For most standard circuits, you don’t need to worry about the types of resistors you choose. All you need to worry about is the resistance value and how much power it can take.

If your schematic does not tell you the necessary power rating for the resistor and you don’t know (or don’t want to know) how to calculate it, then try using a standard 1/4W resistor. If it fails after a short while, you should exchange it for a higher wattage rating. Maybe you should even take the effort to calculate a decent value ;)

Do you think it’s hard to choose a resistor? Write your comments and questions below!

Return from Types of Resistors to Electronic Components Online

Dear sir’s/madam,

Kindly I want to know about what effect on wattage if we use resistor in series and also parrlle please explained by example….

Waiting your response.

Thanking you.

Hey

The formula for calculating power is the same in parallel and series.

P = I*V or P = V^2/R

P= Power in Watts

I = Current in Amps

V = Voltage in Volt

R = Resistance in Ohms

Cheers!

Oyvind

Why did you go with power dissipation on the first page when we first have to find ohms? Other than that this article helps a lot. thanks.

Hello Tomoslav,I would like to try answer your question.

The reason as to why we went to power desipation rather than finding out the resistance needed is, The guiding point of the value of resistance needed is the end point consumption… LED, My point is, power which must go through the resistance so that the LED can come ON is the division of the squared voltage and Resistance.

Also, if you were to decide on the LED to use having resistance,,,all same.

An additional reason for using a non-standard resistor that you don’t mention in this article is implied by the picture you use for that section, which show multi-lead resistor networks.

Typically the resistor networks are a package of resistors where one end of each resistor is connected to a common lead, and the other ends are all separate. A resistor network is especially handy when building an audio mixer, for example, because each input typically has both a potentiometer (to adjust level) and a fixed resistor (for isolation, or to set a maximum input, I guess) for each input.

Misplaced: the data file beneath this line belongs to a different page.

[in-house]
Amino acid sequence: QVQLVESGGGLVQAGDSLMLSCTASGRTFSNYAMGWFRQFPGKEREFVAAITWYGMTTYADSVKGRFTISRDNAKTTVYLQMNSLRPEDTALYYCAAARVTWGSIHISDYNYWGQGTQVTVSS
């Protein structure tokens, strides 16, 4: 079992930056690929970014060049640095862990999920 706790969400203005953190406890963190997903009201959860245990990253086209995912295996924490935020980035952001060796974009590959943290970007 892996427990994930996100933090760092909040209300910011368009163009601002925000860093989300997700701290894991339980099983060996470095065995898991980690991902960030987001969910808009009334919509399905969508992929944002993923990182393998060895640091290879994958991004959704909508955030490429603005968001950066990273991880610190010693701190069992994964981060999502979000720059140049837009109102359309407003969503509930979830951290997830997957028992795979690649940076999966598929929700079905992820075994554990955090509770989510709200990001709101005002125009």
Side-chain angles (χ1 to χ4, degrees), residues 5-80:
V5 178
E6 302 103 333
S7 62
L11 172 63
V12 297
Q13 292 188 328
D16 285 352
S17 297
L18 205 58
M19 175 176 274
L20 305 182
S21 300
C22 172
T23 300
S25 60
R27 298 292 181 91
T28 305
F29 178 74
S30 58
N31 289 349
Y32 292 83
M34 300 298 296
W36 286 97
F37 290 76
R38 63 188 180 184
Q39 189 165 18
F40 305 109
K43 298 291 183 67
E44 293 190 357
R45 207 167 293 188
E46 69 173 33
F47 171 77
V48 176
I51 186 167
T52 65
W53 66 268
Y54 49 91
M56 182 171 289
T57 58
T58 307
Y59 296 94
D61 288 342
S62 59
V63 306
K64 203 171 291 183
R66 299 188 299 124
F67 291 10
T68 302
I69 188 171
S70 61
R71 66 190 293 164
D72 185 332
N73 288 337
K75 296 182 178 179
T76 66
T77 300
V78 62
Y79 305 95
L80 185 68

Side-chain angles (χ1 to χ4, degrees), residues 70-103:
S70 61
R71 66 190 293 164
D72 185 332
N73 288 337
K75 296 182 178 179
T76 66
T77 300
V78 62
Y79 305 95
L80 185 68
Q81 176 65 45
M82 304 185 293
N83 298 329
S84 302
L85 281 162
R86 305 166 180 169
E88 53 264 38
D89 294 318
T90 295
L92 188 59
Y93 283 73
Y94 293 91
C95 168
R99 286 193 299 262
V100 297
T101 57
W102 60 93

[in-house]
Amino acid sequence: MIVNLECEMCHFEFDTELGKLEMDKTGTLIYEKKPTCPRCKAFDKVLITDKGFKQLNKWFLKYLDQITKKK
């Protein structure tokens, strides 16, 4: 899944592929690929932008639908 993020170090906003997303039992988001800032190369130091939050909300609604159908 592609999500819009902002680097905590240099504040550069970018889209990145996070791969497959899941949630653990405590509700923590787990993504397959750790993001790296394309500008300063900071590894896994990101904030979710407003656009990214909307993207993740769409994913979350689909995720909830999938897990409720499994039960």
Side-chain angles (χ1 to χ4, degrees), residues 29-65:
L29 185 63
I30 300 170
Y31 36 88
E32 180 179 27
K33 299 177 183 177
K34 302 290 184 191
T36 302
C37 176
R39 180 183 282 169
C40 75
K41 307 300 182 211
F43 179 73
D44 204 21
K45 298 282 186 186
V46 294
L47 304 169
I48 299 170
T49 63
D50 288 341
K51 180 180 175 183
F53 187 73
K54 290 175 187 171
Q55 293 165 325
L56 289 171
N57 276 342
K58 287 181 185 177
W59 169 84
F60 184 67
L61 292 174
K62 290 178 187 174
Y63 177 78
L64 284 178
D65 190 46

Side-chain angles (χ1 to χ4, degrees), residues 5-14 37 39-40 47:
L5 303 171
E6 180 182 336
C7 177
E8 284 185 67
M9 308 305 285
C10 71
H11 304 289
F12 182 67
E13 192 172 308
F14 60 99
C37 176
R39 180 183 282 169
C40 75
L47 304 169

Using resistor networks in cases like these simplifies wiring for both breadboards and prototype printed circuit boards, and reduces assembly time even for custom PC boards.

Thanks for a good an insightful comment, Mark :)

Cheers!

Oyvind

Provide a bit more info on what is power dissipation ?

It is how much power that is lost from the circuit at that component. Usually in the form of heat.

How can you find out what the power dissipation is?

From the formula under “Choosing a resistor” above: P = V^2/R

Cheers!

Oyvind

could you explain me what is standard and non -standard resistors and also about the tolerance of the resistor?

To learn more in-depth about these things I recommend you check out http://www.resistorguide.com/

Cheers!

Oyvind

Hi there I have a couple of questions for you about resistors with capacitors.

I have a capacitor and I’m trying to use it with a home made water battery. The water battery makes 1.6 V but it drops to 0.1 V when charging the capacitor. So my question is what resistor should I use.